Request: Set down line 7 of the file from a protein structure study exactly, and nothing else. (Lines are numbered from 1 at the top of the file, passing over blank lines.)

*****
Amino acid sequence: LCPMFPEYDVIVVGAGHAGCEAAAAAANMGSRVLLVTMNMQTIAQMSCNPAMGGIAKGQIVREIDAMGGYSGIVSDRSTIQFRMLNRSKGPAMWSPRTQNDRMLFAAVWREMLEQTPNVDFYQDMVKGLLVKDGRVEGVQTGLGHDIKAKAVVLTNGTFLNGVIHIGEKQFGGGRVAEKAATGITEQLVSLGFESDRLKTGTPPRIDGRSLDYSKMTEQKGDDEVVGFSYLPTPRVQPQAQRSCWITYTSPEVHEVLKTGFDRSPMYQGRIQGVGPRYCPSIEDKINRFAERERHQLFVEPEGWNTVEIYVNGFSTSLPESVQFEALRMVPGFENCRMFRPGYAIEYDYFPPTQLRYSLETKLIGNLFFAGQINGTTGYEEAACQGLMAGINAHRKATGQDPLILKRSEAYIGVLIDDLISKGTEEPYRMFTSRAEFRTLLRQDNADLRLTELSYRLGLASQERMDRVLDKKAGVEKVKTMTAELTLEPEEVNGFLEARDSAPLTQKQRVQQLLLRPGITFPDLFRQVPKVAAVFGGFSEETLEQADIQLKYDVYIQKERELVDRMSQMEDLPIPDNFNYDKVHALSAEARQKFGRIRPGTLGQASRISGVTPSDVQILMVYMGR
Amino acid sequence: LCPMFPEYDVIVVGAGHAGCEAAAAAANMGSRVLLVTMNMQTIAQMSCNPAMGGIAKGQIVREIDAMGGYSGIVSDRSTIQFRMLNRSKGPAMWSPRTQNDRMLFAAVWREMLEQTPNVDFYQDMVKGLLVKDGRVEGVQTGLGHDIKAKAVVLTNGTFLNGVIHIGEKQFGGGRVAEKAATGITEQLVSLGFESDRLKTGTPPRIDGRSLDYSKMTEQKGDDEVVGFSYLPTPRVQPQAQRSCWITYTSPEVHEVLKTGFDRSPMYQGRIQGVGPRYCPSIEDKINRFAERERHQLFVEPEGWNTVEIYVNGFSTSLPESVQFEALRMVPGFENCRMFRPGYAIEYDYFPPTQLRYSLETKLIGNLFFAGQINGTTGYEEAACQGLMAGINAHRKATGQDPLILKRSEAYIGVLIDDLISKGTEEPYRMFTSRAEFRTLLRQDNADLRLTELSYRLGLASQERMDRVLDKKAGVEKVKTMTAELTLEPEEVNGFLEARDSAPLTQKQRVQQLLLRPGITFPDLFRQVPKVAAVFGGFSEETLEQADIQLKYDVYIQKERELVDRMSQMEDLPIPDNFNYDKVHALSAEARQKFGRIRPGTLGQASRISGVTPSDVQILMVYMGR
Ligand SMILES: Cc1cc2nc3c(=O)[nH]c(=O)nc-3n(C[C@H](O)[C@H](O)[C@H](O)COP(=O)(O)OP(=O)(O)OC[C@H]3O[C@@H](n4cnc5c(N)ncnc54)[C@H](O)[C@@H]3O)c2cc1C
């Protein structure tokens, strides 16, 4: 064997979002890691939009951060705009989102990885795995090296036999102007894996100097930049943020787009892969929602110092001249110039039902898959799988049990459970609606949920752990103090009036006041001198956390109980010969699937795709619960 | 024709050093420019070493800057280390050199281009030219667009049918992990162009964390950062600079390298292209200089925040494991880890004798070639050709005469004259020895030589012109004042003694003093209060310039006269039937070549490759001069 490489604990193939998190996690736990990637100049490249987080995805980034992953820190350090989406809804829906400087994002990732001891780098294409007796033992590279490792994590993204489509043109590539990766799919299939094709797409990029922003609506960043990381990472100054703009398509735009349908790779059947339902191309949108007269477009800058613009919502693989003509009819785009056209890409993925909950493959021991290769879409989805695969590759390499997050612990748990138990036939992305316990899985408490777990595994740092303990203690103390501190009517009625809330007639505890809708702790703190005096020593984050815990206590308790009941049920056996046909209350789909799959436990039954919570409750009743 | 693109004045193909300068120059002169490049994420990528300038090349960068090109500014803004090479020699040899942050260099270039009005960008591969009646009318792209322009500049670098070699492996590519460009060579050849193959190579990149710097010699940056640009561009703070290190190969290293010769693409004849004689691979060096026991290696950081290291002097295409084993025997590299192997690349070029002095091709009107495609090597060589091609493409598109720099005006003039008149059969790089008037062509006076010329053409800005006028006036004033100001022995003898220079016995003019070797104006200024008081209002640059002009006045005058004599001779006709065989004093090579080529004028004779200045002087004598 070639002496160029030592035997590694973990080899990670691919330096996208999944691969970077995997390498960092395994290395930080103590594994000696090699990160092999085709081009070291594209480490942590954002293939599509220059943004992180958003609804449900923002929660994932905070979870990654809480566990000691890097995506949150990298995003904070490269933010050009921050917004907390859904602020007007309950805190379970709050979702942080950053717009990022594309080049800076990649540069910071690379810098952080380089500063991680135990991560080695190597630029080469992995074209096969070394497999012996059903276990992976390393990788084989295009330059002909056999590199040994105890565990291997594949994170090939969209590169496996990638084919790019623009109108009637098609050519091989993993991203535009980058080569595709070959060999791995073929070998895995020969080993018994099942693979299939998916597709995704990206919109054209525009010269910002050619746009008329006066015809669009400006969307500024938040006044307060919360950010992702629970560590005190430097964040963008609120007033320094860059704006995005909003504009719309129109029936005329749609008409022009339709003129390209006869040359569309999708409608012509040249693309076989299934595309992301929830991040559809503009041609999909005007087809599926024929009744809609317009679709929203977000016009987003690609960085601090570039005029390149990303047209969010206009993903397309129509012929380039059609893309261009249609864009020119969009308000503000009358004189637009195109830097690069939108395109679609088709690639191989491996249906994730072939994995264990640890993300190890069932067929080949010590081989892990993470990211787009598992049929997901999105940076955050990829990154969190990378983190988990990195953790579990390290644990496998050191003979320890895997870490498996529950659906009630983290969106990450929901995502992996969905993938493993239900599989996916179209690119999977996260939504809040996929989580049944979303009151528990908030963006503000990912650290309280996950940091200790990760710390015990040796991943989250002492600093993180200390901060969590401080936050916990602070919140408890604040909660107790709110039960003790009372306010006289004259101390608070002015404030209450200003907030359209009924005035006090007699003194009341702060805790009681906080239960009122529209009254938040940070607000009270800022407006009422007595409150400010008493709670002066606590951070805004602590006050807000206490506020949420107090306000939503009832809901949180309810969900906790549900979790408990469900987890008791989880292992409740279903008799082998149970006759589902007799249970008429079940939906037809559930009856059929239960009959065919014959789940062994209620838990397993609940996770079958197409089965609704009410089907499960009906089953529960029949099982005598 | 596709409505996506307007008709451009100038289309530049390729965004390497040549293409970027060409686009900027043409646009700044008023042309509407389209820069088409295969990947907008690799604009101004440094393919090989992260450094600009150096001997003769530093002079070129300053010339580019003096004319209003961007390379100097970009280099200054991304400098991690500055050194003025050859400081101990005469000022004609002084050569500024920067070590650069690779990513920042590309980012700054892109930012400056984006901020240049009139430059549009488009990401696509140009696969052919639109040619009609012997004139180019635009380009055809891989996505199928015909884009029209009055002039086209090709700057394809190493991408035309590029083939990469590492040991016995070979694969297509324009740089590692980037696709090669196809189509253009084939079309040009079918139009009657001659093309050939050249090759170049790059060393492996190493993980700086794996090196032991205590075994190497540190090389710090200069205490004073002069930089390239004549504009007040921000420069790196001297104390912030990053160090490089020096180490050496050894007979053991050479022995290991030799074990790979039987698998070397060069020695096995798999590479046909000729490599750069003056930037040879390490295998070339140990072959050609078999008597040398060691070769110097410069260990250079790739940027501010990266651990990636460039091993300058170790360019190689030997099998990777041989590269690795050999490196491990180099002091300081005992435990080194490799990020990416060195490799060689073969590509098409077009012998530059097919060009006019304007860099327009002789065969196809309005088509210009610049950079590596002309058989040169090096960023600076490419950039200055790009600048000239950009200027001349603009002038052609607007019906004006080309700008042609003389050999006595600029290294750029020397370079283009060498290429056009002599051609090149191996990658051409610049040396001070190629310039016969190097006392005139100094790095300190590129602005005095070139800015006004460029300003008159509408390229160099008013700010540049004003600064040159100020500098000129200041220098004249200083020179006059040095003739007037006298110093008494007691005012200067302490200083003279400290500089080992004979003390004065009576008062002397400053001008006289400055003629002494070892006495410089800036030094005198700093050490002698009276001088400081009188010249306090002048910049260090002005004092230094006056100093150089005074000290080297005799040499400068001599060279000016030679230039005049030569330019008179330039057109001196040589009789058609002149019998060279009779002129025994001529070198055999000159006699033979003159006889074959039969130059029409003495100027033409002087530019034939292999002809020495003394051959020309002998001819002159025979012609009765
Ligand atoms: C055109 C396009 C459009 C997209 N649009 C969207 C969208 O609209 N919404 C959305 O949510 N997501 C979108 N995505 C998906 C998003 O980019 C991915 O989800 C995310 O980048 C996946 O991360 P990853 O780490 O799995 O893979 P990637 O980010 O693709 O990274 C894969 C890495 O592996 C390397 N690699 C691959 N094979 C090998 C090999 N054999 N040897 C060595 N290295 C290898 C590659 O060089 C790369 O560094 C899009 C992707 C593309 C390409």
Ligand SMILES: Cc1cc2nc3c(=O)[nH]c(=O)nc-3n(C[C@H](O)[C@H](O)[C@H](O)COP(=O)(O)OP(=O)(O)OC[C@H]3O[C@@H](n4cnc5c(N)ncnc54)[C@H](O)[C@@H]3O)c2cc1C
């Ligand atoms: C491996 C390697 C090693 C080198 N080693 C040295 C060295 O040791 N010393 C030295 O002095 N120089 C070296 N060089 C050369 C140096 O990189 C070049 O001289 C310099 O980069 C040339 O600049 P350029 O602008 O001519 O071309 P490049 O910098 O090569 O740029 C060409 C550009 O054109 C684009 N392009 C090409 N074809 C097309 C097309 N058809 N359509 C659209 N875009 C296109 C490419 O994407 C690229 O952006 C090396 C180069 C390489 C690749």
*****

């Ligand atoms: C491996 C390697 C090693 C080198 N080693 C040295 C060295 O040791 N010393 C030295 O002095 N120089 C070296 N060089 C050369 C140096 O990189 C070049 O001289 C310099 O980069 C040339 O600049 P350029 O602008 O001519 O071309 P490049 O910098 O090569 O740029 C060409 C550009 O054109 C684009 N392009 C090409 N074809 C097309 C097309 N058809 N359509 C659209 N875009 C296109 C490419 O994407 C690229 O952006 C090396 C180069 C390489 C690749």